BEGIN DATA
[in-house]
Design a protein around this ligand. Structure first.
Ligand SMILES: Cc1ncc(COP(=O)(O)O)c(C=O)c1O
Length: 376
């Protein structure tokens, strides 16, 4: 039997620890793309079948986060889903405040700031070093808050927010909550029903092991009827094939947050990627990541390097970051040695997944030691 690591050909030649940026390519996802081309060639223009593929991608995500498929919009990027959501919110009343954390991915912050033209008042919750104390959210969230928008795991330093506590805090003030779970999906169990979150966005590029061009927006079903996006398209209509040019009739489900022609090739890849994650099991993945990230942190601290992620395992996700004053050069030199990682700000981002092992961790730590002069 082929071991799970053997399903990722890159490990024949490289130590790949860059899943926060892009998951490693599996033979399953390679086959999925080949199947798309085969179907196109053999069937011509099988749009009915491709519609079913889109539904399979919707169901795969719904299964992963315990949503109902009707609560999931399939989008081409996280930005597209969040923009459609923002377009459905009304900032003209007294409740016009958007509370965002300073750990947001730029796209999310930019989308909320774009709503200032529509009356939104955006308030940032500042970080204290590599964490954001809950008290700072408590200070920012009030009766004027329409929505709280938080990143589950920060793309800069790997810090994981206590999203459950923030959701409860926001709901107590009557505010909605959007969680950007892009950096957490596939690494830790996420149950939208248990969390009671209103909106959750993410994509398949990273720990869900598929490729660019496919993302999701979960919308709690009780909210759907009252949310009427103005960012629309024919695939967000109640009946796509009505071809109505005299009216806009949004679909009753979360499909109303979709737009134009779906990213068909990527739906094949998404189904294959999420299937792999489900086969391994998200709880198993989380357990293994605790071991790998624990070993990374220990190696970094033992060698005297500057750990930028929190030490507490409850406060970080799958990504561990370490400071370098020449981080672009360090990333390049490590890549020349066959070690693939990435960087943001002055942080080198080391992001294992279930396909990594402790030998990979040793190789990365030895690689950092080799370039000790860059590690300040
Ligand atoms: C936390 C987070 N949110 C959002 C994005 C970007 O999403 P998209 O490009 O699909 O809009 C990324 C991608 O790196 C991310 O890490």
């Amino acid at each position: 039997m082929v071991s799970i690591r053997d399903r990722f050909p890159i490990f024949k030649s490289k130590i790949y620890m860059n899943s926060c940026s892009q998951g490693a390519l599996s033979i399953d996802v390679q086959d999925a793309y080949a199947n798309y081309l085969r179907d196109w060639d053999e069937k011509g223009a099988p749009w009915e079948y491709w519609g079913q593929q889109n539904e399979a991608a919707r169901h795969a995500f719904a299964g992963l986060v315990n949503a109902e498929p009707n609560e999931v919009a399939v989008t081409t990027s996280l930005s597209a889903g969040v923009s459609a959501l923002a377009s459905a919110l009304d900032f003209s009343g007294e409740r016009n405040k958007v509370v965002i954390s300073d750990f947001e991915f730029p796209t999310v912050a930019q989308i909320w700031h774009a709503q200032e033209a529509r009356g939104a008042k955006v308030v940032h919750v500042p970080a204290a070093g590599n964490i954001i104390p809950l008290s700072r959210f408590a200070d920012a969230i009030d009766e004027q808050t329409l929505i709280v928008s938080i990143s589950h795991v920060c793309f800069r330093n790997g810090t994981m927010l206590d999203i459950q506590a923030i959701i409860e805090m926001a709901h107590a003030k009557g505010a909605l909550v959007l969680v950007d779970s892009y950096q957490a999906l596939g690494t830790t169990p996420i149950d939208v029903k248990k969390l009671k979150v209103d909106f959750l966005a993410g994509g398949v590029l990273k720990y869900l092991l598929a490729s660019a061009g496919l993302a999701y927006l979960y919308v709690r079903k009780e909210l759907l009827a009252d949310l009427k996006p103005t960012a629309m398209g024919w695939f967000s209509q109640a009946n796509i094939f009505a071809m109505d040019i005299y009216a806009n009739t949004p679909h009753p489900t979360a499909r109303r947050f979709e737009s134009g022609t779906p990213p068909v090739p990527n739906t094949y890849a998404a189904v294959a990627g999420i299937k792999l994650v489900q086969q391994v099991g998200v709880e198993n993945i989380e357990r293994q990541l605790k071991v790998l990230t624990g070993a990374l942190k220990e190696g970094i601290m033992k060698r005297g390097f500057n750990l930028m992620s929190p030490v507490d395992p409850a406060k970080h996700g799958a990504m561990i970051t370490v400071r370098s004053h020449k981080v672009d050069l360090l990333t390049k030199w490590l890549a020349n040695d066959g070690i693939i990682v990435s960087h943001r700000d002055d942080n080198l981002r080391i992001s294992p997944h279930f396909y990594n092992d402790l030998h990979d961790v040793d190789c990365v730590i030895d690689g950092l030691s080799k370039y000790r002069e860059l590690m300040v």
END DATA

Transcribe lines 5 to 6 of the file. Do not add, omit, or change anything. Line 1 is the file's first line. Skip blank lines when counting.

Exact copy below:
């Protein structure tokens, strides 16, 4: 039997620890793309079948986060889903405040700031070093808050927010909550029903092991009827094939947050990627990541390097970051040695997944030691 690591050909030649940026390519996802081309060639223009593929991608995500498929919009990027959501919110009343954390991915912050033209008042919750104390959210969230928008795991330093506590805090003030779970999906169990979150966005590029061009927006079903996006398209209509040019009739489900022609090739890849994650099991993945990230942190601290992620395992996700004053050069030199990682700000981002092992961790730590002069 082929071991799970053997399903990722890159490990024949490289130590790949860059899943926060892009998951490693599996033979399953390679086959999925080949199947798309085969179907196109053999069937011509099988749009009915491709519609079913889109539904399979919707169901795969719904299964992963315990949503109902009707609560999931399939989008081409996280930005597209969040923009459609923002377009459905009304900032003209007294409740016009958007509370965002300073750990947001730029796209999310930019989308909320774009709503200032529509009356939104955006308030940032500042970080204290590599964490954001809950008290700072408590200070920012009030009766004027329409929505709280938080990143589950920060793309800069790997810090994981206590999203459950923030959701409860926001709901107590009557505010909605959007969680950007892009950096957490596939690494830790996420149950939208248990969390009671209103909106959750993410994509398949990273720990869900598929490729660019496919993302999701979960919308709690009780909210759907009252949310009427103005960012629309024919695939967000109640009946796509009505071809109505005299009216806009949004679909009753979360499909109303979709737009134009779906990213068909990527739906094949998404189904294959999420299937792999489900086969391994998200709880198993989380357990293994605790071991790998624990070993990374220990190696970094033992060698005297500057750990930028929190030490507490409850406060970080799958990504561990370490400071370098020449981080672009360090990333390049490590890549020349066959070690693939990435960087943001002055942080080198080391992001294992279930396909990594402790030998990979040793190789990365030895690689950092080799370039000790860059590690300040
Ligand atoms: C936390 C987070 N949110 C959002 C994005 C970007 O999403 P998209 O490009 O699909 O809009 C990324 C991608 O790196 C991310 O890490």